Twelve years ago, the American way of life changed for millions of citizens. Fear and horror entered the scene along with a vulnerability not felt in decades. The terrorist attacks of September 11, 2001 will forever be cemented in our hearts.
“We can never forget those who we lost on 9/11, and we can never stop fighting for those who became ill or continue to suffer since those first fateful days,” said Congressman Jerrold Nadler (NY), an advocate of those who became ill as a result of the attacks on 9/11.
By now, many have come to know the health concerns related to the collapse of the Twin Towers. Amidst the chaos of the day, deadly toxins filled the air in the form of a seemingly impermeable cloud of dust blanketing lower Manhattan and the surrounding areas. Among these toxins were: lead, mercury, dioxins, benzene, asbestos and countless others. The effects of these airborne toxins have caused a variety of health issues ranging from asthma to cancer in many first responders and survivors.
These health risks were unknown to the survivors and first responders at Ground Zero. On September 18, 2001, EPA Chief Christine Todd Whitman proclaimed the city of New York was safe to inhabit, exposing hundreds of thousands of residents and responders to contaminants.
Asbestos was used to coat the lower columns of the twin towers while it was being constructed in the 1960s before governmental regulations on asbestos were put in place. It is estimated that between 800,000 and 2,000,000 pounds of asbestos were released into the air upon the collapse of the Twin Towers.
“There is a real concern with cancer, including mesothelioma, which has a delayed latency,” said Claire Calladine, President of the advocacy group 9/11 Health Now. “As the release of asbestos at the Twin Towers was so extreme, it is not a stretch to foresee an epidemic of cases in the future.”
Fortunately, the James Zadroga 9/11 Health and Compensation Act was signed into law by President Obama in January 2011 to provide health benefits as well as compensation to those who have fallen ill as a result of the collapse of the towers. Last year, the law was expanded to cover over 50 cancers, including mesothelioma. This was a major victory for the heroes of 9/11 and the mesothelioma community.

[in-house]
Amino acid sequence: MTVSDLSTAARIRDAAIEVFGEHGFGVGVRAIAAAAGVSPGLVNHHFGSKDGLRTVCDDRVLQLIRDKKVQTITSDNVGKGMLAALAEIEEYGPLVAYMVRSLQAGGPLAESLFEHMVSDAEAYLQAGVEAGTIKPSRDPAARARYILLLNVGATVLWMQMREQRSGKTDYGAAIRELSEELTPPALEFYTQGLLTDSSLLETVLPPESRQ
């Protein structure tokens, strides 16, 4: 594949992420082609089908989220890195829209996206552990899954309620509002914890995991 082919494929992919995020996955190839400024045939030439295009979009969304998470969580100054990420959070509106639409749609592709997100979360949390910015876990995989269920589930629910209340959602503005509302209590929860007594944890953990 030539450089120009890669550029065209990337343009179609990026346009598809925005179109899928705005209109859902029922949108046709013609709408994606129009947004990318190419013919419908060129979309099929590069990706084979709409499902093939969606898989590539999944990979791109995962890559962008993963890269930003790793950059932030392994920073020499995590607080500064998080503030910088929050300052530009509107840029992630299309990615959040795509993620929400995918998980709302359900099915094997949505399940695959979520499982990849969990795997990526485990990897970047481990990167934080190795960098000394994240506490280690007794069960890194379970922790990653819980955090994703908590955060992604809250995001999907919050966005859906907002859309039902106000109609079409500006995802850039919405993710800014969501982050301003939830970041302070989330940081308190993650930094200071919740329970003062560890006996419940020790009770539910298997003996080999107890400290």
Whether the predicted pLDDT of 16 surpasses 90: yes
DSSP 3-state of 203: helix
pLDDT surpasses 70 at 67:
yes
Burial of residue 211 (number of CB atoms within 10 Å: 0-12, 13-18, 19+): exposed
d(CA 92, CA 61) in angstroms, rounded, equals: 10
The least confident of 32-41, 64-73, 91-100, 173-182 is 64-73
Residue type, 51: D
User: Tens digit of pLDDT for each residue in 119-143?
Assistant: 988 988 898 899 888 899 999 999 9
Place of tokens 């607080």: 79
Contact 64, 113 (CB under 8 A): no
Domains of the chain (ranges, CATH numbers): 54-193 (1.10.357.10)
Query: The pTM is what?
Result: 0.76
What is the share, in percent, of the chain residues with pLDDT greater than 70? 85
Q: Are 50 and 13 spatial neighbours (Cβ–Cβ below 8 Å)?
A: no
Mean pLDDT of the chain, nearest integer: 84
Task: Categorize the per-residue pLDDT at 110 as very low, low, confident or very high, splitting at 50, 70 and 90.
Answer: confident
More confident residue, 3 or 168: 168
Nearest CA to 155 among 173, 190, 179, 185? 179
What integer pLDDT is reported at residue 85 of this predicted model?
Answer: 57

October 3, 2013 is the deadline to register for the Victim Compensation Fund (VCF) of the Zadroga Act. Responders and survivors, as well as people who are sick now, who have minor illnesses, or believe they may fall ill in the future are encouraged to register. In the case of mesothelioma, this is remarkably important because an eligible applicant may register if they even suspect their exposure may cause mesothelioma. Congress appropriated $2.775 billion to the VCF, which aims to pay out the amount within 6 years.
However, there are concerns that the VCF and the World Trade Center Health Program may not cover all the needs of the 9/11 community. According to Claire Calladine, “This recognition of the 9/11 health epidemic, and solidification of the 9/11 health programs does not mean that 9/11 illness is on the wane.” In fact, hundreds of thousands of people with World Trade Center-related diseases rely predominantly on private health insurance.
The concerns that groups like 9/11 Health Now share are based on the sheer numbers of people exposed to contaminants released in the aftermath of the disaster. It seems obvious to many that the bill will have to be refunded in Congress in 2016 when the current provisions run out. In addition to those already afflicted, there are many individuals, including children and young adults, who may develop illnesses in the future, requiring medical attention and compensation.
Calladine believes 9/11 programs need to be expanded, saying, “Currently, over 65,000 people are being treated in the 9/11 health programs offered under the [Zadroga] bill. As we move forward, the need for care and compensation is only going to grow.”
It has been a long 12 years since the attacks of 9/11, and most Americans have rebounded. However, it is apparent the hardships aren’t over yet. While the mesothelioma community currently lies on the periphery of 9/11 health concerns, the future may present a different scenario.
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